So, it’s actually very common for scanning electron microscopes to have multiple sensors or detectors.
The sensor used to make the black and white images people typically associate with a scanning electron microscope is the Secondary Electron Detector.
However, our unit also has a Quad-Backscatter Detector, and an EDS/EDX detector.
These sensors all deserve a discussion, which we will address in a future post.
Here, however, we will discuss the saga and process of diagnosis and repair of the Quad-Backscatter detector on our unit.
So, two different things were broken with respect to this detector. First, as you may have noticed, the Quad-backscatter detector has four quadrants. Each of these represents an independent detector. One out of these four was not functional. The detector itself uses two stages of amplification: One is located immediately near the detector itself. This is the preamp, and is similar to the preamp on a hard drive head, in that it is located as close as possible to the sensor to reduce noise and boost the signal for further transmission and processing downstream.
The second board serves some interesting functions. Since the SEM only accepts one analog input, what the Second Stage amp board does is combine signals from the four quadrants in any manner desired. Here, you can select a single channel, add or subtract signal from multiple channels, etc.
Cold solder joints
It was in on this board that there was a cold solder discovered:
Fixing this brought back the missing signal from one of the quadrants.
However, we’re actually telling the story backwards to make it easier to understand how this part of the SEM works. What actually happened was that none of the mixing functionality worked on the secondary amp board of the quad-backscatter detector. This was actually the first problem.
The backstory and history
Previously, Ryan had managed to contact the manufacturer of the board and obtained the schematics for it. Once he had done this, he was able to send signals directly to the board to turn individual quadrants on and off, change their gain, and control how they were combined.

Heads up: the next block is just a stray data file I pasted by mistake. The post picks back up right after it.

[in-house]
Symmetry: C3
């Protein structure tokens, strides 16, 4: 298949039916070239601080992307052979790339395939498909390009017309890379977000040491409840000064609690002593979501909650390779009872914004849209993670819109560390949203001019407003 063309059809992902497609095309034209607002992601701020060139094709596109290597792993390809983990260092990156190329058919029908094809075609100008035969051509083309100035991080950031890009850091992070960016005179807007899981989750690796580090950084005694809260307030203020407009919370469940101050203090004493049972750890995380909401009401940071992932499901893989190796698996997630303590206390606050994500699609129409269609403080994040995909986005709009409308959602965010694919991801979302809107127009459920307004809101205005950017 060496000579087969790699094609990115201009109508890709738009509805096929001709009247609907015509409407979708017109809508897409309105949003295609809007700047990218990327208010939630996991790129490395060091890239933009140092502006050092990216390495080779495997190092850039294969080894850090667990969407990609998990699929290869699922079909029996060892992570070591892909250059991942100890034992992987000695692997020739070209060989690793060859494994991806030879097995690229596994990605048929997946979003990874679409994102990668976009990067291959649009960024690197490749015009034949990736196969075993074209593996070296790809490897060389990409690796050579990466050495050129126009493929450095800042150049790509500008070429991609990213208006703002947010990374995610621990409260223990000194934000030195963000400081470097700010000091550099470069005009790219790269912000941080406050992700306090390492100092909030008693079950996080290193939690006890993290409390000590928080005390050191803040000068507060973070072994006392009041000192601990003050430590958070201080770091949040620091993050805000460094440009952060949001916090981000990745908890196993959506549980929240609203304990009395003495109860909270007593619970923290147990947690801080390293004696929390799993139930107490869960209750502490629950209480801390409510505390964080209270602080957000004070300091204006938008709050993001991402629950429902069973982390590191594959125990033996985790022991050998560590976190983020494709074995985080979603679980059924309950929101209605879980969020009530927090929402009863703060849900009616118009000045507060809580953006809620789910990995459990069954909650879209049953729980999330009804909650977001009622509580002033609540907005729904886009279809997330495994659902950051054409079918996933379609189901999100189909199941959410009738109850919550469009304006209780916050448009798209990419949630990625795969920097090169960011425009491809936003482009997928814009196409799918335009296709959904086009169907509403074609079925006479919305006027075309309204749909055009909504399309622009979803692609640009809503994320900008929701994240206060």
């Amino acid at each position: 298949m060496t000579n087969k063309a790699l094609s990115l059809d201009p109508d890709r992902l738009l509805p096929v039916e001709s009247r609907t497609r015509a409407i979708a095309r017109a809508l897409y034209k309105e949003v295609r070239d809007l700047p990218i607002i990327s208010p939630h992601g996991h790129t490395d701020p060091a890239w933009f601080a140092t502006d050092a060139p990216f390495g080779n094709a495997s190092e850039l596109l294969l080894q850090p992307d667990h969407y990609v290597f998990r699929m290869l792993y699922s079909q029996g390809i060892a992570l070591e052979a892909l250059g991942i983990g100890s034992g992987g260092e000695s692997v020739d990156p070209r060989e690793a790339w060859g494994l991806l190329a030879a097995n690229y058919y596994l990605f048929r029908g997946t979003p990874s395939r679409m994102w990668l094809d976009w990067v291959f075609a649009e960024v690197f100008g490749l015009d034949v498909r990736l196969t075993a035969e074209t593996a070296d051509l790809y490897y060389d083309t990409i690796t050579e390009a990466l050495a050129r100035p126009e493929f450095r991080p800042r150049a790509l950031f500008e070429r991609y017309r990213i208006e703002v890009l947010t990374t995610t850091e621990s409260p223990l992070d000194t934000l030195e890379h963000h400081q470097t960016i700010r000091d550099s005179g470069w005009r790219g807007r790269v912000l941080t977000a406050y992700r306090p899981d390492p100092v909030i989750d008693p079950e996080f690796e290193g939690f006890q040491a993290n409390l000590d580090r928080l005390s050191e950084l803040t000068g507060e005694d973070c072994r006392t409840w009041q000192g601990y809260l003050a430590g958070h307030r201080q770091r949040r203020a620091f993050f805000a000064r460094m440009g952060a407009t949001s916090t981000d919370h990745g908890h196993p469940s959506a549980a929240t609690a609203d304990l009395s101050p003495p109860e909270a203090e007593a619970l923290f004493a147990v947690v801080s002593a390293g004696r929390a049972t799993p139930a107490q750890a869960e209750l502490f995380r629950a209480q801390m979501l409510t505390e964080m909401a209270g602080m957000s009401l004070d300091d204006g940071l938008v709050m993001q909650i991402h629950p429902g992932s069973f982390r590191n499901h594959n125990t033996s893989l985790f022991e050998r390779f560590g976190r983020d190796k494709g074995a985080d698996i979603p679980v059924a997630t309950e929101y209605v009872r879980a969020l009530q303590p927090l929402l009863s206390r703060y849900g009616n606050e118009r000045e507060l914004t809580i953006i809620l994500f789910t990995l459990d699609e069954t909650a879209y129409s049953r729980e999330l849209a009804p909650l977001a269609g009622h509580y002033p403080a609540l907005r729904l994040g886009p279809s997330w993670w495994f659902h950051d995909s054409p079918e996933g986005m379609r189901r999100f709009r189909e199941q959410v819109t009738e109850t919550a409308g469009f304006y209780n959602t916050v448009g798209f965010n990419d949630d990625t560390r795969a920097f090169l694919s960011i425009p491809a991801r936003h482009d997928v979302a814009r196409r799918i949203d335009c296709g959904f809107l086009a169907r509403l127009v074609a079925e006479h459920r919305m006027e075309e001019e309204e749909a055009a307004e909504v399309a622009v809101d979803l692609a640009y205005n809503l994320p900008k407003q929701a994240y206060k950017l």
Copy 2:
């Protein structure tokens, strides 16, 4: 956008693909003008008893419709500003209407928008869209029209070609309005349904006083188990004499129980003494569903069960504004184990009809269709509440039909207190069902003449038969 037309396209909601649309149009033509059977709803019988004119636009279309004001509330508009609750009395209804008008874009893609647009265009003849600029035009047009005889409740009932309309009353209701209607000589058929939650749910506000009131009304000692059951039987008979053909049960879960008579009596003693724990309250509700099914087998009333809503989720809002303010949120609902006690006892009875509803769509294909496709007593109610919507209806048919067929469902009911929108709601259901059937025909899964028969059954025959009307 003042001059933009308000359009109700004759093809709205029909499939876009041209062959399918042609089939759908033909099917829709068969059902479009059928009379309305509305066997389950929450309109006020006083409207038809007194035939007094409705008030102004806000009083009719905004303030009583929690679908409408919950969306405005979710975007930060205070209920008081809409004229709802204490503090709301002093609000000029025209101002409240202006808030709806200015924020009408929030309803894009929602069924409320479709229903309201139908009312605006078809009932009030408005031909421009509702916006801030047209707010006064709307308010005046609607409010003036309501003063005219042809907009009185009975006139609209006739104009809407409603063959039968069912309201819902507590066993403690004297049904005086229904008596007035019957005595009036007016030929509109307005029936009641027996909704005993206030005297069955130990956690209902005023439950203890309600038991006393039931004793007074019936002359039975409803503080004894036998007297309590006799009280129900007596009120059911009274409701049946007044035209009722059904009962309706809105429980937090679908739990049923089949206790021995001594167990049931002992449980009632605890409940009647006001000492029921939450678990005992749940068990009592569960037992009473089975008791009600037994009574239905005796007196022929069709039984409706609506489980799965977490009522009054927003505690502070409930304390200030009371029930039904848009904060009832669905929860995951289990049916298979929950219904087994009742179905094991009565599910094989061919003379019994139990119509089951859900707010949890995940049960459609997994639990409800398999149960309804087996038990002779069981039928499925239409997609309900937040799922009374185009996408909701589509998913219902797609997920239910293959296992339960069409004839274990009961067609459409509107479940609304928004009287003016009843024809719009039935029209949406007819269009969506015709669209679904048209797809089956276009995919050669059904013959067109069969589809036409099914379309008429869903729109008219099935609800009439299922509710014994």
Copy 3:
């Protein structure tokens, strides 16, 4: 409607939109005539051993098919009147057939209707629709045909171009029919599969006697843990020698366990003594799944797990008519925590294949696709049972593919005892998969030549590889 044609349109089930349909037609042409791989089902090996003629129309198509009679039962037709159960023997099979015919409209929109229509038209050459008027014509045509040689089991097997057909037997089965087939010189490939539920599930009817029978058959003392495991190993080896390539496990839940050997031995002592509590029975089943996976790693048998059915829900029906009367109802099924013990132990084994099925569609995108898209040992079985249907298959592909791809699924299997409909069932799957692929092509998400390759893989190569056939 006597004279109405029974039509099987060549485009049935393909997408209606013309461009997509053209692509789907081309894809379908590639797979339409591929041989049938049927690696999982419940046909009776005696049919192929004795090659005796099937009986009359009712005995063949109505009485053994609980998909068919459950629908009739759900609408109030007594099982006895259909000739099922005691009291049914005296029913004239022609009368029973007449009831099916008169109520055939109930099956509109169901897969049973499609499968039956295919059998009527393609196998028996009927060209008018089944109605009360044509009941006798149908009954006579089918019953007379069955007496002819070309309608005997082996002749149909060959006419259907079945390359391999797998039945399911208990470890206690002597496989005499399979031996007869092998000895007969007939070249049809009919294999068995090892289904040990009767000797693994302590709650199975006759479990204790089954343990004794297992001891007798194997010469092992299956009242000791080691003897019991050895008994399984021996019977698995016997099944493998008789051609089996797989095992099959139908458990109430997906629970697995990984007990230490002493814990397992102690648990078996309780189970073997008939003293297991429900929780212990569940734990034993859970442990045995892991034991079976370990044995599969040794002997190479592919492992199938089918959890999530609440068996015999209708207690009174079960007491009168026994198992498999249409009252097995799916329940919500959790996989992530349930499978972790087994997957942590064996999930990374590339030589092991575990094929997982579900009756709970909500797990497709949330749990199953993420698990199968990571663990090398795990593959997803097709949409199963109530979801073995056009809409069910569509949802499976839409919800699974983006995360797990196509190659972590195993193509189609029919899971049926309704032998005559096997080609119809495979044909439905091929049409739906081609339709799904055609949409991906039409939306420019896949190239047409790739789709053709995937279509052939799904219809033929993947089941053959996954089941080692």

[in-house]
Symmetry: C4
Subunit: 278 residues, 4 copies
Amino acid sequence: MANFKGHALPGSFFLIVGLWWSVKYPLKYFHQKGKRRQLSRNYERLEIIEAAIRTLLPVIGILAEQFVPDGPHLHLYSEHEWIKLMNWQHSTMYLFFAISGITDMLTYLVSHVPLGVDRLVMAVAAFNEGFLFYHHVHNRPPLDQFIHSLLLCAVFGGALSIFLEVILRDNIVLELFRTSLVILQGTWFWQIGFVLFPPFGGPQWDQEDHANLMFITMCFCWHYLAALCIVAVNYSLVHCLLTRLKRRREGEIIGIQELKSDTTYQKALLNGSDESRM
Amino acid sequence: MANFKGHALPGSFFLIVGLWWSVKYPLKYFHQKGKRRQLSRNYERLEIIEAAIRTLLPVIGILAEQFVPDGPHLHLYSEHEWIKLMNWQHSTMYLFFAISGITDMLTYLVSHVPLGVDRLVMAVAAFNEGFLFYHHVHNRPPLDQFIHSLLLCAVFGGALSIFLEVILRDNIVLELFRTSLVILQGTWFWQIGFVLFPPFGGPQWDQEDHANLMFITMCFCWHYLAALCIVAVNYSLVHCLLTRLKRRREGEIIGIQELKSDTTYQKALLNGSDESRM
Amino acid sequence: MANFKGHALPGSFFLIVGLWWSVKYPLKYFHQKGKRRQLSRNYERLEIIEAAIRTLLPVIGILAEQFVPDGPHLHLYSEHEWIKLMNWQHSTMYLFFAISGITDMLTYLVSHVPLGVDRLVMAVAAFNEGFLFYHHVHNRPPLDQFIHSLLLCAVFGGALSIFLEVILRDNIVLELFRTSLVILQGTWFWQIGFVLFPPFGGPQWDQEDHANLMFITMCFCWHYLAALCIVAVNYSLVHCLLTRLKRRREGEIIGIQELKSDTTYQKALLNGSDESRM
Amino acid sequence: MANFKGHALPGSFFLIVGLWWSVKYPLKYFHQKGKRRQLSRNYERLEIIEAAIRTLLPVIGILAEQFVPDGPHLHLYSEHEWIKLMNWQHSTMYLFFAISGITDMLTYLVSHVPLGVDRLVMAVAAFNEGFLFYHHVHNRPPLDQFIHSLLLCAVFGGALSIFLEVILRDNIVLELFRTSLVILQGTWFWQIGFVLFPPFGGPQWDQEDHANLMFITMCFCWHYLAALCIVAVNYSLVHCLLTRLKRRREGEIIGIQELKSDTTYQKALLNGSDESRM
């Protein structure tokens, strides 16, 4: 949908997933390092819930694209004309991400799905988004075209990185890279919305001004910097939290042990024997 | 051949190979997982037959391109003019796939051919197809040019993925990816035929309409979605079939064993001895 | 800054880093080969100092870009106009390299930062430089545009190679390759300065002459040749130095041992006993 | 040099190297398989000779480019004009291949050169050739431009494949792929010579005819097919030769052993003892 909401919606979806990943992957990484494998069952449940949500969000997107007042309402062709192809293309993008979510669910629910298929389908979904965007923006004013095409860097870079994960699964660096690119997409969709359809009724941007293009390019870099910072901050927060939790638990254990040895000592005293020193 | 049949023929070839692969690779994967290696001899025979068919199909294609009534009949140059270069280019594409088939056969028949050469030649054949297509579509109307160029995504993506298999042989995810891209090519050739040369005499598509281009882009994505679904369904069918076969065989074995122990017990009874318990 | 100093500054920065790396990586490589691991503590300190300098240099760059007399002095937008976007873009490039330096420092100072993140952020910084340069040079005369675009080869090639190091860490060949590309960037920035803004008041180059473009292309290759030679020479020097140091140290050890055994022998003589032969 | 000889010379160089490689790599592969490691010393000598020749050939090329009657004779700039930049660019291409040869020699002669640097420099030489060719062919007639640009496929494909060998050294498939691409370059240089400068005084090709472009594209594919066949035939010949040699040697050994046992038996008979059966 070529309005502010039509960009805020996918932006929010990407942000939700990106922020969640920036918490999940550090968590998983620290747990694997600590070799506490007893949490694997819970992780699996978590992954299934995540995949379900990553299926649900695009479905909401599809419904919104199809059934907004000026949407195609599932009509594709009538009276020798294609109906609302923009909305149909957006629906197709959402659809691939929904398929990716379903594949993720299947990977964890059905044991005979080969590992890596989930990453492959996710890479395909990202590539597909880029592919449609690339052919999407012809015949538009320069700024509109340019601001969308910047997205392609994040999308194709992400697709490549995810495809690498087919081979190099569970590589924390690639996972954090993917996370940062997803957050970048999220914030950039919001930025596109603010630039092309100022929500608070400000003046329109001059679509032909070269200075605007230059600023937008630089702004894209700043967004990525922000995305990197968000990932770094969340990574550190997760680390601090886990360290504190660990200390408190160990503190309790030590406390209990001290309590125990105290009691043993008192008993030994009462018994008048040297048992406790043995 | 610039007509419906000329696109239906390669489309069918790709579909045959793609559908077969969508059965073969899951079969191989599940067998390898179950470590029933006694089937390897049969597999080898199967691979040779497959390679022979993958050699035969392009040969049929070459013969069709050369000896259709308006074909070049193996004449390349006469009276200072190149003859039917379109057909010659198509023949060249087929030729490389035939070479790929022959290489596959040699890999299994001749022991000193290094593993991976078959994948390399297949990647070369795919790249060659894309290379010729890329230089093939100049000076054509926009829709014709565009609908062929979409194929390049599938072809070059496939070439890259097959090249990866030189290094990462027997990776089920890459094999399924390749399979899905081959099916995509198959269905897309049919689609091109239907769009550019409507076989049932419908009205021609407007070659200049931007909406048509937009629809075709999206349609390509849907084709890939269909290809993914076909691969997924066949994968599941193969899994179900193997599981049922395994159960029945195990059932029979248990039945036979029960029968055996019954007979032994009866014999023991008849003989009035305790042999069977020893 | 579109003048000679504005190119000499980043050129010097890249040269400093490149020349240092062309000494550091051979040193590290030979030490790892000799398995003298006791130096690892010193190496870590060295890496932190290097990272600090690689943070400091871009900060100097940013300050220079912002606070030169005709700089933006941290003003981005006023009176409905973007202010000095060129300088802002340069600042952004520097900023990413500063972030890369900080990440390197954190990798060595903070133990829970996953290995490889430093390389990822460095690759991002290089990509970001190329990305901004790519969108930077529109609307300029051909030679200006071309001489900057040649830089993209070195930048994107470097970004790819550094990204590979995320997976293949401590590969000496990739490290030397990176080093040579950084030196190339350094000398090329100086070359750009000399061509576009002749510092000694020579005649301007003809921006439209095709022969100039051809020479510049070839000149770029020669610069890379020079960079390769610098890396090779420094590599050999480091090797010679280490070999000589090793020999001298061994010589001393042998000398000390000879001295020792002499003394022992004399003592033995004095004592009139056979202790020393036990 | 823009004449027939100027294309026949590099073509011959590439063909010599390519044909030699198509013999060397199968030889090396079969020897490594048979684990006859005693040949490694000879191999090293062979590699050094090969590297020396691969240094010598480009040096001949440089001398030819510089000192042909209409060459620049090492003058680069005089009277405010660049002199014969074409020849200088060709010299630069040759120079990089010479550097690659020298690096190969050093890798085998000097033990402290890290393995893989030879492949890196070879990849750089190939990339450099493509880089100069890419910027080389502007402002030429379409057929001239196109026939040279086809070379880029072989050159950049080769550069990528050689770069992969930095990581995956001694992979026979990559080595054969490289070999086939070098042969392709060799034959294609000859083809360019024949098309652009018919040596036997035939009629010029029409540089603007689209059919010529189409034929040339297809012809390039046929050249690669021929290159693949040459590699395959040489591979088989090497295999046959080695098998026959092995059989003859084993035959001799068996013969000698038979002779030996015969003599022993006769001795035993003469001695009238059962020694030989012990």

Ryan had determined where and how to send the proper control signals, and decided rather than continue troubleshooting what could easily be an unusual software or licensing problem, or a problem with the Vac and Stage controller board on the SEM, decided it would be easier to simply create an external control box with a series of switches to directly control the board. Since the Vac and Stage board is essentially irreplaceable, avoiding further troubleshooting and probing was also a much less risky proposition. He created a bill of materials, purchased all of the parts, and, as often happens in life, became busy and the project ended up shelved for a while.
Finally, on a rainy day, my curiosity was piqued and I decided I wanted to get to the bottom of why this detector was not working properly. First, I noticed that all of the signals passed through opto-isolators on the vacuum and stage board. I thought this might be a good place to start and so I attached to the isolators, one by one, and looked at the signals reaching them with a Saleae Logic Analyzer. As an aside, in spite of having a bunch in a drawer, the only time I’ve ever seen anyone actually use a DIP IC test clip was in the movie “Real Genius”, which, through Yvette’s insistence, I saw for the first time very recently.
Somewhat surprisingly, I noticed that all of the functions in software activated the inputs to the optocouplers. However, I noticed no change on the outputs. While I suspected that this might actually be caused by a missing voltage to the phototransistors of the isolators, I remembered checking the voltage regulators amp board and found them to be fine. So, I assumed the isolators were faulty and placed an order with Digikey.
However, while I waited for them to arrive, I couldn’t help shake the feeling that there was no good reason for the optocouplers to be bad. Especially all of them.
I decided to probe the voltage on the phototransistor side of the isolators, and found no voltage feeding them, but previously confirmed that power was being provided to them by the amp board. It has never occurred to me that the cable might actually be bad! Believing I had finally figured out what was wrong, I had powered down the SEM and somewhat manically removed the cabling between the amp board and the vacuum and stage controller from the jungle within the instrument.
In all my years of fixing things, I have never seen anything so meticulously documented. The instrument came with copious notes in lab journals, but even the severed wiring had notes and dates associated with it!
I couldn’t help but follow suit and leave my own message next to the original after completing the necessary splicing: